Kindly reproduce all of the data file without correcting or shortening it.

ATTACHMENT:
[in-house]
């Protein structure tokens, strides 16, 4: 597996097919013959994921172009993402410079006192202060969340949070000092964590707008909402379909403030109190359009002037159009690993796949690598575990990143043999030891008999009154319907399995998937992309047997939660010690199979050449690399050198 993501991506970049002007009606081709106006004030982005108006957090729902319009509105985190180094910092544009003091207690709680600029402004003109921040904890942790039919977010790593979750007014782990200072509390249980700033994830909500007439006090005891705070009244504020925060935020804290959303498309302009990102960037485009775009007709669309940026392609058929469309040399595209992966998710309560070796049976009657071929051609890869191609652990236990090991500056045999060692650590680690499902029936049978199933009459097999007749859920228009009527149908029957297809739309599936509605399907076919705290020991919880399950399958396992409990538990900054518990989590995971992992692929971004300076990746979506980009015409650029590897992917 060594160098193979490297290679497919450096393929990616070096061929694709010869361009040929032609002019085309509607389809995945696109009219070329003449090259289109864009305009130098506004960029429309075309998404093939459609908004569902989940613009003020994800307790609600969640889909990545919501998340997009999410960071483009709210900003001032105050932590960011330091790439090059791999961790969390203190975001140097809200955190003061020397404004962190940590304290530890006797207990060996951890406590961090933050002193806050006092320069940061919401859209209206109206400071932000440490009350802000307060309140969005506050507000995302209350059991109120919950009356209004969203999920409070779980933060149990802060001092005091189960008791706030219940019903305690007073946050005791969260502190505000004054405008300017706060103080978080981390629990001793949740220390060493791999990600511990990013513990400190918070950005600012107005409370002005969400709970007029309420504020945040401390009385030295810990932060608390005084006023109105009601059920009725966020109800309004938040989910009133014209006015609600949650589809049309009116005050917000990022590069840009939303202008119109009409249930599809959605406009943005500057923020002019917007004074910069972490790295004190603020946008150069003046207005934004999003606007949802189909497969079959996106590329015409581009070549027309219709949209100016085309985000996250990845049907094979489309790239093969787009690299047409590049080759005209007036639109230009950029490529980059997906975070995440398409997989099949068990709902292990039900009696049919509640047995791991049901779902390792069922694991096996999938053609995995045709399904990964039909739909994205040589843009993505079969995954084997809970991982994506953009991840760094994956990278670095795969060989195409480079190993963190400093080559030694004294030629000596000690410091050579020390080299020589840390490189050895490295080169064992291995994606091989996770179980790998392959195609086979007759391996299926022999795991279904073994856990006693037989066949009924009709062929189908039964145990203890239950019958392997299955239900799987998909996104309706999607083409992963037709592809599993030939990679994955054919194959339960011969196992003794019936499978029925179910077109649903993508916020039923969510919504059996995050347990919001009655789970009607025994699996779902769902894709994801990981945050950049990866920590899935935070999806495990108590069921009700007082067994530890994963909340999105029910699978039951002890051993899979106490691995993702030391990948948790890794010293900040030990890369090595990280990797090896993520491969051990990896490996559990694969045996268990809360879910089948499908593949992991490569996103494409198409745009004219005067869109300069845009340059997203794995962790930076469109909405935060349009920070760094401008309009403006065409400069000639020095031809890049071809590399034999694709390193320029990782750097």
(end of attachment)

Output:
[in-house]
């Protein structure tokens, strides 16, 4: 597996097919013959994921172009993402410079006192202060969340949070000092964590707008909402379909403030109190359009002037159009690993796949690598575990990143043999030891008999009154319907399995998937992309047997939660010690199979050449690399050198 993501991506970049002007009606081709106006004030982005108006957090729902319009509105985190180094910092544009003091207690709680600029402004003109921040904890942790039919977010790593979750007014782990200072509390249980700033994830909500007439006090005891705070009244504020925060935020804290959303498309302009990102960037485009775009007709669309940026392609058929469309040399595209992966998710309560070796049976009657071929051609890869191609652990236990090991500056045999060692650590680690499902029936049978199933009459097999007749859920228009009527149908029957297809739309599936509605399907076919705290020991919880399950399958396992409990538990900054518990989590995971992992692929971004300076990746979506980009015409650029590897992917 060594160098193979490297290679497919450096393929990616070096061929694709010869361009040929032609002019085309509607389809995945696109009219070329003449090259289109864009305009130098506004960029429309075309998404093939459609908004569902989940613009003020994800307790609600969640889909990545919501998340997009999410960071483009709210900003001032105050932590960011330091790439090059791999961790969390203190975001140097809200955190003061020397404004962190940590304290530890006797207990060996951890406590961090933050002193806050006092320069940061919401859209209206109206400071932000440490009350802000307060309140969005506050507000995302209350059991109120919950009356209004969203999920409070779980933060149990802060001092005091189960008791706030219940019903305690007073946050005791969260502190505000004054405008300017706060103080978080981390629990001793949740220390060493791999990600511990990013513990400190918070950005600012107005409370002005969400709970007029309420504020945040401390009385030295810990932060608390005084006023109105009601059920009725966020109800309004938040989910009133014209006015609600949650589809049309009116005050917000990022590069840009939303202008119109009409249930599809959605406009943005500057923020002019917007004074910069972490790295004190603020946008150069003046207005934004999003606007949802189909497969079959996106590329015409581009070549027309219709949209100016085309985000996250990845049907094979489309790239093969787009690299047409590049080759005209007036639109230009950029490529980059997906975070995440398409997989099949068990709902292990039900009696049919509640047995791991049901779902390792069922694991096996999938053609995995045709399904990964039909739909994205040589843009993505079969995954084997809970991982994506953009991840760094994956990278670095795969060989195409480079190993963190400093080559030694004294030629000596000690410091050579020390080299020589840390490189050895490295080169064992291995994606091989996770179980790998392959195609086979007759391996299926022999795991279904073994856990006693037989066949009924009709062929189908039964145990203890239950019958392997299955239900799987998909996104309706999607083409992963037709592809599993030939990679994955054919194959339960011969196992003794019936499978029925179910077109649903993508916020039923969510919504059996995050347990919001009655789970009607025994699996779902769902894709994801990981945050950049990866920590899935935070999806495990108590069921009700007082067994530890994963909340999105029910699978039951002890051993899979106490691995993702030391990948948790890794010293900040030990890369090595990280990797090896993520491969051990990896490996559990694969045996268990809360879910089948499908593949992991490569996103494409198409745009004219005067869109300069845009340059997203794995962790930076469109909405935060349009920070760094401008309009403006065409400069000639020095031809890049071809590399034999694709390193320029990782750097």